“Criticism, they say, is a gift which all arms of government need. So, it will be miscarriage of fairness to deny the Judiciary that gift…However, that criticism must be done in a manner that does not bring the administration of justice into disrepute. To this end, the GJA urges the media community to be calm, and not to be led into temptation to scandalize the court with unhinged comments or verbal stones, no matter how provocative the statement of the Judicial Service might be.”
  1. It is repeated that in the above quotation the GJA admits that free speech
  2. must be done in a manner that does not bring the administration of justice into disrepute and accordingly cautions.
  3. the media community to be calm, and not to be led into temptation to scandalize the court…
  4. The point I make is that, it is the same thing the statement issued on behalf of the Judiciary says.
  5. Given the obvious unity in the parameters of free speech agreed upon between the GJA and the statement issued on behalf of the Judiciary, one finds the very caustic language contained in a statement which cautions against the excessive use of words with the pelting effect of stones quite difficult to reconcile.
  6. STATEMENT ISSUED BY THE JUDICIARY.
  7. From the discussion so far, it is said without any fear of contradiction whatsoever that the statement issued on behalf of the Judiciary;
  8. Acknowledges press freedom.
  9. Affirms the law that free speech must be contained with the limits allowed by law and agrees that such speech,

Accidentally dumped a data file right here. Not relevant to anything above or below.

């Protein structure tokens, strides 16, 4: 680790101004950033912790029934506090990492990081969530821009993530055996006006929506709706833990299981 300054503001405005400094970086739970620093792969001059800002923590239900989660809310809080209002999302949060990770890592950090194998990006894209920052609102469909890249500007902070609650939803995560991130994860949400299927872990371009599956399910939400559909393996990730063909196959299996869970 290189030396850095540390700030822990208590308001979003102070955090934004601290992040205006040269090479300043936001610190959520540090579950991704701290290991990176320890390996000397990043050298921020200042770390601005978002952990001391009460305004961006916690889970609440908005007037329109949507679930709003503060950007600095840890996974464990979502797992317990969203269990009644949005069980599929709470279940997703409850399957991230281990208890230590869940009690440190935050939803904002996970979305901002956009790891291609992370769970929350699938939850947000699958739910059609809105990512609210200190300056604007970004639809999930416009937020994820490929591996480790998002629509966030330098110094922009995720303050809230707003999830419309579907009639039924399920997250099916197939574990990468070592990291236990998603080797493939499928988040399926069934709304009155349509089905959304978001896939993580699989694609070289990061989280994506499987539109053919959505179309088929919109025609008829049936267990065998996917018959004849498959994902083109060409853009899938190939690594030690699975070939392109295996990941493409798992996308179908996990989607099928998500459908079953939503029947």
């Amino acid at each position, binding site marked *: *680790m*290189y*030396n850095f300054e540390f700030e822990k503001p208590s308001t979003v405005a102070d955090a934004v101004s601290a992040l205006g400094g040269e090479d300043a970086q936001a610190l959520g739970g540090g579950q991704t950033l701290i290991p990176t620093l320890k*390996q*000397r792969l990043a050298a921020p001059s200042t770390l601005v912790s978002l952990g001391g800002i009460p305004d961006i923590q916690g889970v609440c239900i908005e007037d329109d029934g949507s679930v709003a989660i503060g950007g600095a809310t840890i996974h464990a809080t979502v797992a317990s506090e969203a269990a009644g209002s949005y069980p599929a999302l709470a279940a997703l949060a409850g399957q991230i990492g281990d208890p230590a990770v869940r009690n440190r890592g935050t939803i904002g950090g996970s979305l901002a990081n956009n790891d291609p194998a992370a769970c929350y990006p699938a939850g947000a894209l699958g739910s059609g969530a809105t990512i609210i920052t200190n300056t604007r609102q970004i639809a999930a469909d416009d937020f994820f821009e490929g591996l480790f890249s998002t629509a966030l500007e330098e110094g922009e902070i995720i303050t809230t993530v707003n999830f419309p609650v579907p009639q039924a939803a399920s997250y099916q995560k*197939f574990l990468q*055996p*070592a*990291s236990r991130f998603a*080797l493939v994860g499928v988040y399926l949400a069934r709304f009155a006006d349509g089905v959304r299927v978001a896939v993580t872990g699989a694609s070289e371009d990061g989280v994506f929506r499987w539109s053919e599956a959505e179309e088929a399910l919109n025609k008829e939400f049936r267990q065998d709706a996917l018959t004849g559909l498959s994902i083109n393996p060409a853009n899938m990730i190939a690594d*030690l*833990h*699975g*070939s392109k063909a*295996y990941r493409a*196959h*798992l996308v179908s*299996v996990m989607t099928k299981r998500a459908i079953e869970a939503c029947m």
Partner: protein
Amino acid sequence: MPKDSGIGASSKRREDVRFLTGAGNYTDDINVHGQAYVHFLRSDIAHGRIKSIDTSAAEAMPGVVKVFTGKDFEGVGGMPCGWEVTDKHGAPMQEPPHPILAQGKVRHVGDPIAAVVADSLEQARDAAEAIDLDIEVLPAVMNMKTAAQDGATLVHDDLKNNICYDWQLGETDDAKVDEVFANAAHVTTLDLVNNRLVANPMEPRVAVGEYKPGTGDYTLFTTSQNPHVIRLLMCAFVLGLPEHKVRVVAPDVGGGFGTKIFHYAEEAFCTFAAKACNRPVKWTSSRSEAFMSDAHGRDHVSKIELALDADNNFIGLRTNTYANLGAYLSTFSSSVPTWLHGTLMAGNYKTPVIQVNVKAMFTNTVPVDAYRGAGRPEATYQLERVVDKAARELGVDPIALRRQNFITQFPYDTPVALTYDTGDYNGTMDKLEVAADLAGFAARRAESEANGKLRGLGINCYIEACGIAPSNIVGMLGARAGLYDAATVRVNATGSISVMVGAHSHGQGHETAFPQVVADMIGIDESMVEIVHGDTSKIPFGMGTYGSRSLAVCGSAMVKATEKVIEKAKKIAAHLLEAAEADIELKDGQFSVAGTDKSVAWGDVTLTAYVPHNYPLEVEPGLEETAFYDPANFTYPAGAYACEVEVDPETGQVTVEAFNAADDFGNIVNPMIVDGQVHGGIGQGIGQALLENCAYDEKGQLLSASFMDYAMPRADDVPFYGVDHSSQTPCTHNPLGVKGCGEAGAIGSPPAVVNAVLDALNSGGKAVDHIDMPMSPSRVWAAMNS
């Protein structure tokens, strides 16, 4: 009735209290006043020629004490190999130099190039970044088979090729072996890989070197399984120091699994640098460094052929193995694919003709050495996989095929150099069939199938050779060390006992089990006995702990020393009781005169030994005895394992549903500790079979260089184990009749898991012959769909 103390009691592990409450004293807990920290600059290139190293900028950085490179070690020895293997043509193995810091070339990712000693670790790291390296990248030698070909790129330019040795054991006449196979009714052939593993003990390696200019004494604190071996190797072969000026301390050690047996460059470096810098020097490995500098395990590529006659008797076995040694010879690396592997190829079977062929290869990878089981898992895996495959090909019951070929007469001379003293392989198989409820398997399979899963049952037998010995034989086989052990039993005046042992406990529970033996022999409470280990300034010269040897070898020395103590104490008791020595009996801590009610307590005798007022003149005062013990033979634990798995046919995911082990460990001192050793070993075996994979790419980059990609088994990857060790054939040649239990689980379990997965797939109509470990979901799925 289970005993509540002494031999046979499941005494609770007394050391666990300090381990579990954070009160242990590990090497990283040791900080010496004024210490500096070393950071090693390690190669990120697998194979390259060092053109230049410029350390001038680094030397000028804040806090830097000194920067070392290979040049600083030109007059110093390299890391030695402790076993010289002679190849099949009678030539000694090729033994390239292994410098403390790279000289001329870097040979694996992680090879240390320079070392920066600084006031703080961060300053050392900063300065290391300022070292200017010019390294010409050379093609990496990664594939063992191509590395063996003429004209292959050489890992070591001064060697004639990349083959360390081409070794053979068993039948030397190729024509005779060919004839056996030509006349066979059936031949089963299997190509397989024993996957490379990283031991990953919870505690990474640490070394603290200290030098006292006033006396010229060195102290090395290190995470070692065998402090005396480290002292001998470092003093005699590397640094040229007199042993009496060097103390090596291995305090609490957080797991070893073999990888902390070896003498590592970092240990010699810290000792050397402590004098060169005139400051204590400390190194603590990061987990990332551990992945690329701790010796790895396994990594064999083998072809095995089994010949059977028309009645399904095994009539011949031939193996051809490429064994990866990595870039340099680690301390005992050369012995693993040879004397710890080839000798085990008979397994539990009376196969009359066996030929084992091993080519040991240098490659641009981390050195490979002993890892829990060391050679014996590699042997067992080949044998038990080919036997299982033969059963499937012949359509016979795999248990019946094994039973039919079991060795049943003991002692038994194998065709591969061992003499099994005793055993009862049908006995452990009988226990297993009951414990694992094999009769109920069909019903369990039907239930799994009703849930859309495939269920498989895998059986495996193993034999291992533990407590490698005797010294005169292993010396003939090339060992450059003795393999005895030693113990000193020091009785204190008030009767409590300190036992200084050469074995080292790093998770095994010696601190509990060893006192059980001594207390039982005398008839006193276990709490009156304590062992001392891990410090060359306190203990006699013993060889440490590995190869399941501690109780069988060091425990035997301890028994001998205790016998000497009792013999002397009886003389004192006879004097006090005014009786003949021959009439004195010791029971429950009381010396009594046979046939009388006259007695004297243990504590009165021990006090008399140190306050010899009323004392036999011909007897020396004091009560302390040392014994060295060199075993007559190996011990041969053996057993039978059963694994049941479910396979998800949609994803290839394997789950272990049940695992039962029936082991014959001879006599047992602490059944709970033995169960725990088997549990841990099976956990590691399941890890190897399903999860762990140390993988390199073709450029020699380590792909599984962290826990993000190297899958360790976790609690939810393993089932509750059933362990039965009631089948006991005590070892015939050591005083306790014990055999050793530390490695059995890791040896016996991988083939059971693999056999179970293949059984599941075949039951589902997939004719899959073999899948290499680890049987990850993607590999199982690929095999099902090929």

iii. must foster legitimate aims and objectives. The statement issued by the judiciary is clearly headed; RE: INCENDIARY, HATEFUL AND OFFENSIVE STATEMENTS AGAINST MEMBERS OF THE JUDICIARY. The question that I ask, resulting from the GJA statement is simple. The statement issued on behalf of the Judiciary dealt with “incendiary, hateful and offensive                 statements against members of the Judiciary.” This being the heading, how did the GJA  reach the conclusion on its heading, that the demand contained in the statement had to do with “THREATS AGAINST THE MEDIA”? It is true that the statement calls on the media to pull down “incendiary and spiteful publications, immediately”. But should such statements not be pulled down? Have so many institutions, platforms and people not been blocked from various platforms including twitter and Facebook for publishing offensive statements? And is the GJA          saying such “hateful, spiteful, vengeful and incendiary communication against Justices of” of the Service is permissible? Did Dr. Monney say such statements should not be pulled down? This will conflict clearly with the GJA’s own admission that journalism should be carried out within the confines of the law which certainly prohibits such statements against members of the Judiciary. The statement issued on behalf of the judiciary was carefully paragraphed. There is no suggestion as to which paragraph threatens free speech. The statement that the media should “not abuse the right to free speech by deploying and/or permitting your platform to be deployed in a manner that not only threatens our constitutional order and democracy but obviously, adversely interferes with the due administration of justice and also, brings it, into disrepute” failing which “appropriate action” will be taken only reiterates the consequences of irresponsible journalism.